grapevine

noun
grape·​vine | \ ˈgrāp-ˌvīn How to pronounce grapevine (audio) \

Definition of grapevine

 (Entry 1 of 2)

2a : an informal person-to-person means of circulating information or gossip heard it through the grapevine
b : a secret source of information

Grapevine

geographical name
Grape·​vine | \ ˈgrāp-ˌvīn How to pronounce Grapevine (audio) \

Definition of Grapevine (Entry 2 of 2)

city in northern Texas northeast of Fort Worth population 46,334

Examples of grapevine in a Sentence

Recent Examples on the Web: Noun Slabs of meat sizzle over grapevine embers, cheese breads ooze by the dozen, and soup dumplings arrive by the hot, slurpy vatful. Benjamin Kemper, Bon Appétit, "Turn Your Confounding Produce Into Gorgeous Georgian Pkhali," 2 Feb. 2021 The case of wine, along with 320 sections of grapevine called vine canes, splashed into the Gulf of Mexico inside SpaceX’s Dragon cargo capsule. Alex Fox, Smithsonian Magazine, "Case of Bordeaux Wine Returns to Earth After a Year in Space," 21 Jan. 2021 Because of the segregated nature of our society and the reality of homogenous professional workplaces, the grapevine—intentionally or not—often sustains homogeneity. Pamela Newkirk, WSJ, "After 2020, How Do We Move Forward on Race?," 14 Dec. 2020 Kendricks was seen on the CBS broadcast grabbing his left calf during a grapevine warmup drill. Andrew Krammer, Star Tribune, "Pregame injury to linebacker Eric Kendricks forces Vikings defense to scramble," 6 Dec. 2020 But unlike other, more popular rootstocks, St. George later turned out to be resistant to phylloxera, the grapevine louse that wiped out much of California’s wine grape acreage in a 1980s epidemic. Esther Mobley, SFChronicle.com, "One of Sonoma's oldest Pinot Noir vineyards has an under-the-radar historic tie to S.F. Victorians," 10 Nov. 2020 To replace a grapevine means a grower might have to wait five extra years before the new vine makes cash-quality wine or three years for table grapes. Marc Mcandrews, Smithsonian Magazine, "Can Scientists Stop the Plague of the Spotted Lanternfly?," 22 Sep. 2020 By the grapevine, Libby was hearing that other residents were picking around what remained of their houses, and that press and city officials were touring the area, too. Diana Markosian, National Geographic, "Wildfires took her home. She returned on an outlaw mission to salvage a family treasure," 21 Sep. 2020 Carve out the gourd of your choice, fill it with fall blooms, and add grapevine for even more charm. Shelby Deering, Better Homes & Gardens, "12 Festive Ways to Feature Fall Pumpkin Decor in Your Home," 10 Sep. 2020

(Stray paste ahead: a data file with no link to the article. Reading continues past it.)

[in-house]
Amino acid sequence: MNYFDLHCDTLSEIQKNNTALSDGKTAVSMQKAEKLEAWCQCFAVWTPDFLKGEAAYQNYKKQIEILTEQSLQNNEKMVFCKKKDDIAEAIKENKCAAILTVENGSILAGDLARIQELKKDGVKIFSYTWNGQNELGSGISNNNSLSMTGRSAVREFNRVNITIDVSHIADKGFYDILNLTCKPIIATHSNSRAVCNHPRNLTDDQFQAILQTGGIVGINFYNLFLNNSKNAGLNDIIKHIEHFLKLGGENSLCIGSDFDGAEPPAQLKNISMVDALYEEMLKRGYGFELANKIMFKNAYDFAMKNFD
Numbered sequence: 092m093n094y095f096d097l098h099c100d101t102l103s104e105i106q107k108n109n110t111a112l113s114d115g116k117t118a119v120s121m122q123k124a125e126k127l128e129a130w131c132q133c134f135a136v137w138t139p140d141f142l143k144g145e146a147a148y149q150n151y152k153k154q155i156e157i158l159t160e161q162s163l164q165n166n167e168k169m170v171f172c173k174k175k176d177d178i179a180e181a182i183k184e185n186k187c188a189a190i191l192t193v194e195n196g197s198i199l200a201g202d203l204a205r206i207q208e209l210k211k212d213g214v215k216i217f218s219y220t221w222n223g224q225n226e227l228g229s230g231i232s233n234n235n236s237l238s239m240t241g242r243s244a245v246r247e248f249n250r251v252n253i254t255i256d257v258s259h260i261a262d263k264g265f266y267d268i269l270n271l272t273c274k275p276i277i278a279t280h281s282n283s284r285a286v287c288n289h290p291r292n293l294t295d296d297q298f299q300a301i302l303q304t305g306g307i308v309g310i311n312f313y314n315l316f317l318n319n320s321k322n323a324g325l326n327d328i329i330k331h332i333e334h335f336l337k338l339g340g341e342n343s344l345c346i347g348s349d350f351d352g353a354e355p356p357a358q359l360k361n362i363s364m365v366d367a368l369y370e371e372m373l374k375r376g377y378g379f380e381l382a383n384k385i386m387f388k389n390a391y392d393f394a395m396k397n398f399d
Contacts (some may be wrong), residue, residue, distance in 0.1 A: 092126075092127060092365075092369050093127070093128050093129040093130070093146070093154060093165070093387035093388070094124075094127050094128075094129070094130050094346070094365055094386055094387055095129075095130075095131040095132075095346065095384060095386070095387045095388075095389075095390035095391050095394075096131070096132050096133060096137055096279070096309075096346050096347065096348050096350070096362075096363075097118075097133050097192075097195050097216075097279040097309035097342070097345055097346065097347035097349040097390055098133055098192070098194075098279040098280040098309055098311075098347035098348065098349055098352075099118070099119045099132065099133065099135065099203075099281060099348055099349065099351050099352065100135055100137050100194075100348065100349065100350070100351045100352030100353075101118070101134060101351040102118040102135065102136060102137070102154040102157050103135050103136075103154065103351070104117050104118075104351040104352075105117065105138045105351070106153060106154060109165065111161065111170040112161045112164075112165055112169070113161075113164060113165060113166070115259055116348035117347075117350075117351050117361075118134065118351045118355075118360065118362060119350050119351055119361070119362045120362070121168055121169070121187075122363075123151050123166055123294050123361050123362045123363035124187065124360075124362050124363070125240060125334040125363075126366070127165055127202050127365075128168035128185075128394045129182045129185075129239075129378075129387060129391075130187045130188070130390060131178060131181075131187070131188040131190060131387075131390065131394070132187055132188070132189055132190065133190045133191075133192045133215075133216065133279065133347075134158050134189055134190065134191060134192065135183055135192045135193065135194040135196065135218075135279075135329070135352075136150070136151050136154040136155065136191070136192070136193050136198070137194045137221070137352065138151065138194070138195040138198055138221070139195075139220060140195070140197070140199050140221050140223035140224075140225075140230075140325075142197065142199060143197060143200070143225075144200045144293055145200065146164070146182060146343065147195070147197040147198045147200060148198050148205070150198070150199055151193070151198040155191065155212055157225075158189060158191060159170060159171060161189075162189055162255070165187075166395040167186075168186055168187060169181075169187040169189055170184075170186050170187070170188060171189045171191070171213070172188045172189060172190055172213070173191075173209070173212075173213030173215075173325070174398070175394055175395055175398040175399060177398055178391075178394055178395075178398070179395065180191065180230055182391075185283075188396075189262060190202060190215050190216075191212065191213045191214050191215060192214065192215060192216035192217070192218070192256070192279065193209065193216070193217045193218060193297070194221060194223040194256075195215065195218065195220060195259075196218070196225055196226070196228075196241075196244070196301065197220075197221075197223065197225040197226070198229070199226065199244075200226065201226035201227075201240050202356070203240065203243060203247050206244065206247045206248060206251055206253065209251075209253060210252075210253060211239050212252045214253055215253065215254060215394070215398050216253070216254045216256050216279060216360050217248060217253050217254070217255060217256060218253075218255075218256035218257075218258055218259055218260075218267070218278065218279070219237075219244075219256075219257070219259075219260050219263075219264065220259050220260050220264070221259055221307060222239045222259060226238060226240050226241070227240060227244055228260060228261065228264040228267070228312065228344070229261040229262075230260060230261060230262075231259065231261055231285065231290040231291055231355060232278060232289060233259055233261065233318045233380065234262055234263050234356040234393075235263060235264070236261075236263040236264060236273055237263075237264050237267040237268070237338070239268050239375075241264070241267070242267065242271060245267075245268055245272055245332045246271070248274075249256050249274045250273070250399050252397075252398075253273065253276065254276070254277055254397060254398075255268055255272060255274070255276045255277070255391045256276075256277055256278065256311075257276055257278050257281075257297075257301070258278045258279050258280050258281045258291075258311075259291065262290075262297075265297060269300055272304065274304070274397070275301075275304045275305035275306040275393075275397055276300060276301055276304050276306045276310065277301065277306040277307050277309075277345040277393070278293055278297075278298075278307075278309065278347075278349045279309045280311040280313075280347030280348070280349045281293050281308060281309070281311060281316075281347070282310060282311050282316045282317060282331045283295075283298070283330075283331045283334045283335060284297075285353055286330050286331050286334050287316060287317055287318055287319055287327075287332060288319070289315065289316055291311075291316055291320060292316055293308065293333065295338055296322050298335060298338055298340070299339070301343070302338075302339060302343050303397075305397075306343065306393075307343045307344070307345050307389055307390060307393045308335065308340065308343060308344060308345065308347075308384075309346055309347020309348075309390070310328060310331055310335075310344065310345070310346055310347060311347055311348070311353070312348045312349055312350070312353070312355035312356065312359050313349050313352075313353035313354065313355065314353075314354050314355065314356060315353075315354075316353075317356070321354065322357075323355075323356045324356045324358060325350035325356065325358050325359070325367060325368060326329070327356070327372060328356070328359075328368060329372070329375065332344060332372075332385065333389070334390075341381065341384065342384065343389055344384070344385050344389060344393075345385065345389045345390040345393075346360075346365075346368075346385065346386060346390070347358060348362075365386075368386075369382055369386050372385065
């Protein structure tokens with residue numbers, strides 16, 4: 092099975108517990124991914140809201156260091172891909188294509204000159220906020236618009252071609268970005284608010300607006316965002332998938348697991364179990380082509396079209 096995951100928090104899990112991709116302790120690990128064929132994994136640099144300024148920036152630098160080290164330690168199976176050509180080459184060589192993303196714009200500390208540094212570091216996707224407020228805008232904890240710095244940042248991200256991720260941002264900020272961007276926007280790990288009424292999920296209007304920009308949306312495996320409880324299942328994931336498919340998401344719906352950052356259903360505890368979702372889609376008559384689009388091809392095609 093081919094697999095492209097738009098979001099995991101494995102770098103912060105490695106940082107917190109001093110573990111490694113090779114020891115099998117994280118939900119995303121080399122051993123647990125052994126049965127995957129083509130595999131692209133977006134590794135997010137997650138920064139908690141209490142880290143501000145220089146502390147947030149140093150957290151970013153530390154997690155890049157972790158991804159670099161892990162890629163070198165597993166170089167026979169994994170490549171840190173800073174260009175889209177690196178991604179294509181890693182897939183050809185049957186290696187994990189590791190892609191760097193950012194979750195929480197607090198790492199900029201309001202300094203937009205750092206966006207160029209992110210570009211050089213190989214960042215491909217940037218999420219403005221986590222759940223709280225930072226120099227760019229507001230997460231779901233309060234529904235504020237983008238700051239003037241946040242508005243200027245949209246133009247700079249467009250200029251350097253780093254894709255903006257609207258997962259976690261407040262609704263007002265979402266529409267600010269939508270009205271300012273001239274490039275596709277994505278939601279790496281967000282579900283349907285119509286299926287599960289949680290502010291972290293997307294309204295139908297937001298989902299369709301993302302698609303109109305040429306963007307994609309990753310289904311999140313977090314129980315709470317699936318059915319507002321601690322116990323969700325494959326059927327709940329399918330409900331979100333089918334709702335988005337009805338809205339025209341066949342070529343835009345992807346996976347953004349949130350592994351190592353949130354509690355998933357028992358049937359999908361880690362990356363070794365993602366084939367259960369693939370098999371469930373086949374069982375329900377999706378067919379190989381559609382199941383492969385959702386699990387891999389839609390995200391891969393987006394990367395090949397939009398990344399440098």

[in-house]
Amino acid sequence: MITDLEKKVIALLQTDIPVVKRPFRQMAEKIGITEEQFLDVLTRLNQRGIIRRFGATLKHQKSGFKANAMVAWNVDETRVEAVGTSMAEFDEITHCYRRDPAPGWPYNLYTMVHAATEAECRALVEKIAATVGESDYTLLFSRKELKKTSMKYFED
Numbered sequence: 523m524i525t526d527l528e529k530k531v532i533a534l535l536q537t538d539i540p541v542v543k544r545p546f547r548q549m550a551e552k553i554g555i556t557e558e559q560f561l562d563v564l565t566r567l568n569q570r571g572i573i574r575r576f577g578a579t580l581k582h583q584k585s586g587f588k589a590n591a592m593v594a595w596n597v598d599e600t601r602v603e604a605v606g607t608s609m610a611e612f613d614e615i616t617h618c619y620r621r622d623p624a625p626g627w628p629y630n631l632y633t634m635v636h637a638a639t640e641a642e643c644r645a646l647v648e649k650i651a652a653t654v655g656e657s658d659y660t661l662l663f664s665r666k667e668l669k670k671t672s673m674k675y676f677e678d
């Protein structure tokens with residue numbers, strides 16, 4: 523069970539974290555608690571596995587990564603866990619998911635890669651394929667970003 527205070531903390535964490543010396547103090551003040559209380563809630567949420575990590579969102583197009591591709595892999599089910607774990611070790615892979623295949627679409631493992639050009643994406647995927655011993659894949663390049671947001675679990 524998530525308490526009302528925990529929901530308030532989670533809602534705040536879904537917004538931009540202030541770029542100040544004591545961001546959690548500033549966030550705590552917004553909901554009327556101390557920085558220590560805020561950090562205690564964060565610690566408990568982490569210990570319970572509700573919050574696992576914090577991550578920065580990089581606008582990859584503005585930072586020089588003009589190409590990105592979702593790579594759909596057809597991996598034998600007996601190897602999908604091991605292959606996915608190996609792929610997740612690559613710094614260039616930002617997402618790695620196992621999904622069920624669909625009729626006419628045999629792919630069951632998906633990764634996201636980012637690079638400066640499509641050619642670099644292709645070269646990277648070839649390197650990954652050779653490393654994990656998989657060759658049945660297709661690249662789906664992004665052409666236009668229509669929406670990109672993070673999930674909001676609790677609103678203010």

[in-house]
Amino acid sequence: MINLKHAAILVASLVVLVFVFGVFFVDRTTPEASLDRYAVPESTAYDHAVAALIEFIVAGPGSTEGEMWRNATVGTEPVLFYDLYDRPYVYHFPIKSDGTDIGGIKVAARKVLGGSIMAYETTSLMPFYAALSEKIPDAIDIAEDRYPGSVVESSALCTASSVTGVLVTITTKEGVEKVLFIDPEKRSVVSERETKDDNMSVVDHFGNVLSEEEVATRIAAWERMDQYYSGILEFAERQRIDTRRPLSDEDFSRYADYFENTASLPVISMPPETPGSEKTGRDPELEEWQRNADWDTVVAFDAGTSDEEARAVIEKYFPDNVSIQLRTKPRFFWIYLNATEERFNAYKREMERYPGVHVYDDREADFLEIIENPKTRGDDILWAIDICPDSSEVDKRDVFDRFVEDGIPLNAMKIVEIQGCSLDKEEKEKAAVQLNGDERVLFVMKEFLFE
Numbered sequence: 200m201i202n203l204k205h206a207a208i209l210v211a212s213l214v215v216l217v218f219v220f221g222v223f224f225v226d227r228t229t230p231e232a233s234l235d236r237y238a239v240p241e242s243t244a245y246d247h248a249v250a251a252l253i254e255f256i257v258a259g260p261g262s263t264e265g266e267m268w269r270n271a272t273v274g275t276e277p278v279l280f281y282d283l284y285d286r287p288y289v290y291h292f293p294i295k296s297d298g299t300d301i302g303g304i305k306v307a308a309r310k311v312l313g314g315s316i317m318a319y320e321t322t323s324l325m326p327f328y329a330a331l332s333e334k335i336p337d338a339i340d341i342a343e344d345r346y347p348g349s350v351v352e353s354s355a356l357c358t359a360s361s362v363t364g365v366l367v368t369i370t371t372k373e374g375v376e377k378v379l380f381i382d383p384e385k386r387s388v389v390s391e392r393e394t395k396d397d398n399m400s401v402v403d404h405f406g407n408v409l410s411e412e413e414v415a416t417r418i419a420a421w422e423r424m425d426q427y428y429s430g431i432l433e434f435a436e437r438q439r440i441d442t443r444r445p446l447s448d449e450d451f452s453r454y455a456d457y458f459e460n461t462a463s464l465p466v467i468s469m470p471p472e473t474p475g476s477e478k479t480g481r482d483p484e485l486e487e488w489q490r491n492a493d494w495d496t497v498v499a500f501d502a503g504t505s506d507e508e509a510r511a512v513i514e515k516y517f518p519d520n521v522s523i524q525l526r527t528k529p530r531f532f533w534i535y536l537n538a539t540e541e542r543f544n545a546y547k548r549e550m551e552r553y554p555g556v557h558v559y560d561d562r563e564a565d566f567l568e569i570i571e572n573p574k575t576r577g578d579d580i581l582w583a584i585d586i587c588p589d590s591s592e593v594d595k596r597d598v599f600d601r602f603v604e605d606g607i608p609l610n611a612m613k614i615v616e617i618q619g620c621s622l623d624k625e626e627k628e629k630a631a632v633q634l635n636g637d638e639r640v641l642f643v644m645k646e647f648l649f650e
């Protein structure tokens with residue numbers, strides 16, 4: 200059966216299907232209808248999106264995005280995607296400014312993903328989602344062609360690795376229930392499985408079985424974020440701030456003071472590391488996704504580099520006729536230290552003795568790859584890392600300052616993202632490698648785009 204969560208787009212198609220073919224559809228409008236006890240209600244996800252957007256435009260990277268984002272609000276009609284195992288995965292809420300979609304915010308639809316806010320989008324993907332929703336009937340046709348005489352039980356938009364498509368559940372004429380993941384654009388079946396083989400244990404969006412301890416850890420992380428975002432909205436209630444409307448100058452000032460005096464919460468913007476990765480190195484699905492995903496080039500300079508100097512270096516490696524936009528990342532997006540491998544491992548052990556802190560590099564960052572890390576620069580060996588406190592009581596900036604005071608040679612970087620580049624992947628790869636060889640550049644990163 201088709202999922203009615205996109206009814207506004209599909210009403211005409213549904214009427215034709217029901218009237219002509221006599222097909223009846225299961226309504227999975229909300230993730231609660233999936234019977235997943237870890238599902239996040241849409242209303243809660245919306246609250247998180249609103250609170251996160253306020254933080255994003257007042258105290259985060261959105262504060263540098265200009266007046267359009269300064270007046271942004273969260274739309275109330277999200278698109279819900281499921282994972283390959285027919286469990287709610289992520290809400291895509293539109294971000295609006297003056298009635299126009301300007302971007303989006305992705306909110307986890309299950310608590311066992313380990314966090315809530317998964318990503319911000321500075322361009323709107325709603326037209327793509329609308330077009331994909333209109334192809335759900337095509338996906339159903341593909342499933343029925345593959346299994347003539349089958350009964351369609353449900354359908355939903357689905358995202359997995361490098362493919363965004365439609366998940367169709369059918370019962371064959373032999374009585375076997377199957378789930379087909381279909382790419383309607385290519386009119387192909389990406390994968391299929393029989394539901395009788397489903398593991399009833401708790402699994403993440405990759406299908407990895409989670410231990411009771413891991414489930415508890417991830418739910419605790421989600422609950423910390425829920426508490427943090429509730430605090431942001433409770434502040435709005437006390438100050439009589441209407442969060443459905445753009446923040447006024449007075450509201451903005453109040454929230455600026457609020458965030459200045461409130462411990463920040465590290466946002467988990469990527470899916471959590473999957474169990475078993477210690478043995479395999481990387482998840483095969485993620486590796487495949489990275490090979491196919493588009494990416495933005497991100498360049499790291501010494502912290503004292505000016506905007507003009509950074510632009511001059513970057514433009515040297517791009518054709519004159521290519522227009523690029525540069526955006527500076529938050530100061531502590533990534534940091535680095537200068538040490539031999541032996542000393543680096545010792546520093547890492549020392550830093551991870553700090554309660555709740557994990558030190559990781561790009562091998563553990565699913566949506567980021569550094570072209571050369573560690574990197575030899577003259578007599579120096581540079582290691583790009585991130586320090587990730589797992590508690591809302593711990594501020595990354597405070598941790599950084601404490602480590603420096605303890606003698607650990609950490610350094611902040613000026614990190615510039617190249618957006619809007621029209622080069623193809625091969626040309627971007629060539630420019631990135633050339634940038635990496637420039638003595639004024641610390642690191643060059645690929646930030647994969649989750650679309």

These example sentences are selected automatically from various online news sources to reflect current usage of the word 'grapevine.' Views expressed in the examples do not represent the opinion of Merriam-Webster or its editors. Send us feedback.

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First Known Use of grapevine

Noun

circa 1736, in the meaning defined at sense 1

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Time Traveler for grapevine

Time Traveler

The first known use of grapevine was circa 1736

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Statistics for grapevine

Last Updated

9 Feb 2021

Cite this Entry

“Grapevine.” Merriam-Webster.com Dictionary, Merriam-Webster, https://www.merriam-webster.com/dictionary/grapevine. Accessed 1 Mar. 2021.

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More Definitions for grapevine

grapevine

noun

English Language Learners Definition of grapevine

: a climbing plant on which grapes grow
: an informal way of spreading information or rumors through conversation

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Comments on grapevine

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